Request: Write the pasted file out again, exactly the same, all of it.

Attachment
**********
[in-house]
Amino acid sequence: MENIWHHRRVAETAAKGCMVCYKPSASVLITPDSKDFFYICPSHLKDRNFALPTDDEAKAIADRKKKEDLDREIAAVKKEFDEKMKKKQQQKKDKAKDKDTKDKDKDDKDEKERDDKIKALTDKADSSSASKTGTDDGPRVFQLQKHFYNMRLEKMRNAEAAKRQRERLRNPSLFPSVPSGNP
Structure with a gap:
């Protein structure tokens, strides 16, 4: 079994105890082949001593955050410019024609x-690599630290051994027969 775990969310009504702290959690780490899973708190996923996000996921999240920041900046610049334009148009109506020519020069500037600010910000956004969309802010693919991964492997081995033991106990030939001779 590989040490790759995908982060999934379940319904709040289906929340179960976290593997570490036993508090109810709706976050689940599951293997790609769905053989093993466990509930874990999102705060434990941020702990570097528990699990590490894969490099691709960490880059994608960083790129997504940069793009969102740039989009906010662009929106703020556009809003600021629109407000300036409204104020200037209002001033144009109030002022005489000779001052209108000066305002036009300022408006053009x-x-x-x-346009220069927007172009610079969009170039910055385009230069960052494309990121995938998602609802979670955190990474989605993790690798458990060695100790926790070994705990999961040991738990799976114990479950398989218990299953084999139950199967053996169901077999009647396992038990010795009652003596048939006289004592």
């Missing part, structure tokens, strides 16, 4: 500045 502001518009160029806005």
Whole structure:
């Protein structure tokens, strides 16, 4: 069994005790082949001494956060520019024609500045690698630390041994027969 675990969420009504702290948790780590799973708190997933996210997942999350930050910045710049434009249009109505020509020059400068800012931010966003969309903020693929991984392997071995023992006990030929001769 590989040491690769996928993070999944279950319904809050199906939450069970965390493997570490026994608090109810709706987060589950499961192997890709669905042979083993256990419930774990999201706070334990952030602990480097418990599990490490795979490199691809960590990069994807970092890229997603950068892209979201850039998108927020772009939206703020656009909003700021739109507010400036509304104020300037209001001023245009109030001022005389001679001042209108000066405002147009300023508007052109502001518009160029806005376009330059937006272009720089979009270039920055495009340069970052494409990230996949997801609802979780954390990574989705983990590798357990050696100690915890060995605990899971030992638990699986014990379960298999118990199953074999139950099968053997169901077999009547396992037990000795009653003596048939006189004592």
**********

[in-house]
Amino acid sequence: MENIWHHRRVAETAAKGCMVCYKPSASVLITPDSKDFFYICPSHLKDRNFALPTDDEAKAIADRKKKEDLDREIAAVKKEFDEKMKKKQQQKKDKAKDKDTKDKDKDDKDEKERDDKIKALTDKADSSSASKTGTDDGPRVFQLQKHFYNMRLEKMRNAEAAKRQRERLRNPSLFPSVPSGNP
Structure with a gap:
């Protein structure tokens, strides 16, 4: 079994105890082949001593955050410019024609x-690599630290051994027969 775990969310009504702290959690780490899973708190996923996000996921999240920041900046610049334009148009109506020519020069500037600010910000956004969309802010693919991964492997081995033991106990030939001779 590989040490790759995908982060999934379940319904709040289906929340179960976290593997570490036993508090109810709706976050689940599951293997790609769905053989093993466990509930874990999102705060434990941020702990570097528990699990590490894969490099691709960490880059994608960083790129997504940069793009969102740039989009906010662009929106703020556009809003600021629109407000300036409204104020200037209002001033144009109030002022005489000779001052209108000066305002036009300022408006053009x-x-x-x-346009220069927007172009610079969009170039910055385009230069960052494309990121995938998602609802979670955190990474989605993790690798458990060695100790926790070994705990999961040991738990799976114990479950398989218990299953084999139950199967053996169901077999009647396992038990010795009652003596048939006289004592």
């Missing part, structure tokens, strides 16, 4: 500045 502001518009160029806005």
Whole structure:
């Protein structure tokens, strides 16, 4: 069994005790082949001494956060520019024609500045690698630390041994027969 675990969420009504702290948790780590799973708190997933996210997942999350930050910045710049434009249009109505020509020059400068800012931010966003969309903020693929991984392997071995023992006990030929001769 590989040491690769996928993070999944279950319904809050199906939450069970965390493997570490026994608090109810709706987060589950499961192997890709669905042979083993256990419930774990999201706070334990952030602990480097418990599990490490795979490199691809960590990069994807970092890229997603950068892209979201850039998108927020772009939206703020656009909003700021739109507010400036509304104020300037209001001023245009109030001022005389001679001042209108000066405002147009300023508007052109502001518009160029806005376009330059937006272009720089979009270039920055495009340069970052494409990230996949997801609802979780954390990574989705983990590798357990050696100690915890060995605990899971030992638990699986014990379960298999118990199953074999139950099968053997169901077999009547396992037990000795009653003596048939006189004592």